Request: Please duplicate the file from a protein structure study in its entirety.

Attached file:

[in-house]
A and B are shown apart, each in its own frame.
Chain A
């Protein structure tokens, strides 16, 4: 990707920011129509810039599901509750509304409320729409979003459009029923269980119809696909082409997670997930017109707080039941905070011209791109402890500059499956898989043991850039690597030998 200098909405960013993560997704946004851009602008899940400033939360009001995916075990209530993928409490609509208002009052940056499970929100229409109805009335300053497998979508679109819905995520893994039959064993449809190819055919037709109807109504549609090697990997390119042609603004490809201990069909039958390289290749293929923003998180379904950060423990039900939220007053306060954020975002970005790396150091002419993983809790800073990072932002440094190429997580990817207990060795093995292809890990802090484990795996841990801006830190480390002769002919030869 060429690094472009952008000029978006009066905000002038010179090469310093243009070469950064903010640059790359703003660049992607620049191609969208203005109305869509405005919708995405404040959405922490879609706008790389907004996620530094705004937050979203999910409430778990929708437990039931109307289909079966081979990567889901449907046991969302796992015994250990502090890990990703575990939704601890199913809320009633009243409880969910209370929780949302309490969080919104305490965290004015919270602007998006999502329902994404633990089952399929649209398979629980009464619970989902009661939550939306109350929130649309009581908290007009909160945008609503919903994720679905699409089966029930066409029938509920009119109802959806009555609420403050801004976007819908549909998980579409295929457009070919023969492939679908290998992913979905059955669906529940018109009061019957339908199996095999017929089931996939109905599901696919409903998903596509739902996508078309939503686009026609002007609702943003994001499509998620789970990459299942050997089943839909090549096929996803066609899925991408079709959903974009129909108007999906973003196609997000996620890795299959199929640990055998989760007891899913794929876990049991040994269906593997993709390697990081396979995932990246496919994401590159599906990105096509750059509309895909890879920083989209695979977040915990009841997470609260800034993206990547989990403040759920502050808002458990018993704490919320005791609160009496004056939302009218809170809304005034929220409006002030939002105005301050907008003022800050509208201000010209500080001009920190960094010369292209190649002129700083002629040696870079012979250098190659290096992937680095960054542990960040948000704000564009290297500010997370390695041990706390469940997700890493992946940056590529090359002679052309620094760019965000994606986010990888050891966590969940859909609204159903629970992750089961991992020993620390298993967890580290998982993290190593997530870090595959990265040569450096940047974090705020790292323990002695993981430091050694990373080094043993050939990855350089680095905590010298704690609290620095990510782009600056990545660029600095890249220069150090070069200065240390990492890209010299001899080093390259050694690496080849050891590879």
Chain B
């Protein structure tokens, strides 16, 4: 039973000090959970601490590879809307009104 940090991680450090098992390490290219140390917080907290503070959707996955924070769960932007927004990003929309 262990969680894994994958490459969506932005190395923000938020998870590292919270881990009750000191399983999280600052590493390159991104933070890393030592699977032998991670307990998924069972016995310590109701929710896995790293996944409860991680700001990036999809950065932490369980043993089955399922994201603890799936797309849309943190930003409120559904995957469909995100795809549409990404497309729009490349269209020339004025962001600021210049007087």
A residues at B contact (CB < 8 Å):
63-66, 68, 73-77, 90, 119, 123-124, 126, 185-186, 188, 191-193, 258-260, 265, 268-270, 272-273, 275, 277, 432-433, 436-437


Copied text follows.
[in-house]
A and B are shown apart, each in its own frame.
Chain A
């Protein structure tokens, strides 16, 4: 990707920011129509810039599901509750509304409320729409979003459009029923269980119809696909082409997670997930017109707080039941905070011209791109402890500059499956898989043991850039690597030998 200098909405960013993560997704946004851009602008899940400033939360009001995916075990209530993928409490609509208002009052940056499970929100229409109805009335300053497998979508679109819905995520893994039959064993449809190819055919037709109807109504549609090697990997390119042609603004490809201990069909039958390289290749293929923003998180379904950060423990039900939220007053306060954020975002970005790396150091002419993983809790800073990072932002440094190429997580990817207990060795093995292809890990802090484990795996841990801006830190480390002769002919030869 060429690094472009952008000029978006009066905000002038010179090469310093243009070469950064903010640059790359703003660049992607620049191609969208203005109305869509405005919708995405404040959405922490879609706008790389907004996620530094705004937050979203999910409430778990929708437990039931109307289909079966081979990567889901449907046991969302796992015994250990502090890990990703575990939704601890199913809320009633009243409880969910209370929780949302309490969080919104305490965290004015919270602007998006999502329902994404633990089952399929649209398979629980009464619970989902009661939550939306109350929130649309009581908290007009909160945008609503919903994720679905699409089966029930066409029938509920009119109802959806009555609420403050801004976007819908549909998980579409295929457009070919023969492939679908290998992913979905059955669906529940018109009061019957339908199996095999017929089931996939109905599901696919409903998903596509739902996508078309939503686009026609002007609702943003994001499509998620789970990459299942050997089943839909090549096929996803066609899925991408079709959903974009129909108007999906973003196609997000996620890795299959199929640990055998989760007891899913794929876990049991040994269906593997993709390697990081396979995932990246496919994401590159599906990105096509750059509309895909890879920083989209695979977040915990009841997470609260800034993206990547989990403040759920502050808002458990018993704490919320005791609160009496004056939302009218809170809304005034929220409006002030939002105005301050907008003022800050509208201000010209500080001009920190960094010369292209190649002129700083002629040696870079012979250098190659290096992937680095960054542990960040948000704000564009290297500010997370390695041990706390469940997700890493992946940056590529090359002679052309620094760019965000994606986010990888050891966590969940859909609204159903629970992750089961991992020993620390298993967890580290998982993290190593997530870090595959990265040569450096940047974090705020790292323990002695993981430091050694990373080094043993050939990855350089680095905590010298704690609290620095990510782009600056990545660029600095890249220069150090070069200065240390990492890209010299001899080093390259050694690496080849050891590879």
Chain B
């Protein structure tokens, strides 16, 4: 039973000090959970601490590879809307009104 940090991680450090098992390490290219140390917080907290503070959707996955924070769960932007927004990003929309 262990969680894994994958490459969506932005190395923000938020998870590292919270881990009750000191399983999280600052590493390159991104933070890393030592699977032998991670307990998924069972016995310590109701929710896995790293996944409860991680700001990036999809950065932490369980043993089955399922994201603890799936797309849309943190930003409120559904995957469909995100795809549409990404497309729009490349269209020339004025962001600021210049007087």
A residues at B contact (CB < 8 Å):
63-66, 68, 73-77, 90, 119, 123-124, 126, 185-186, 188, 191-193, 258-260, 265, 268-270, 272-273, 275, 277, 432-433, 436-437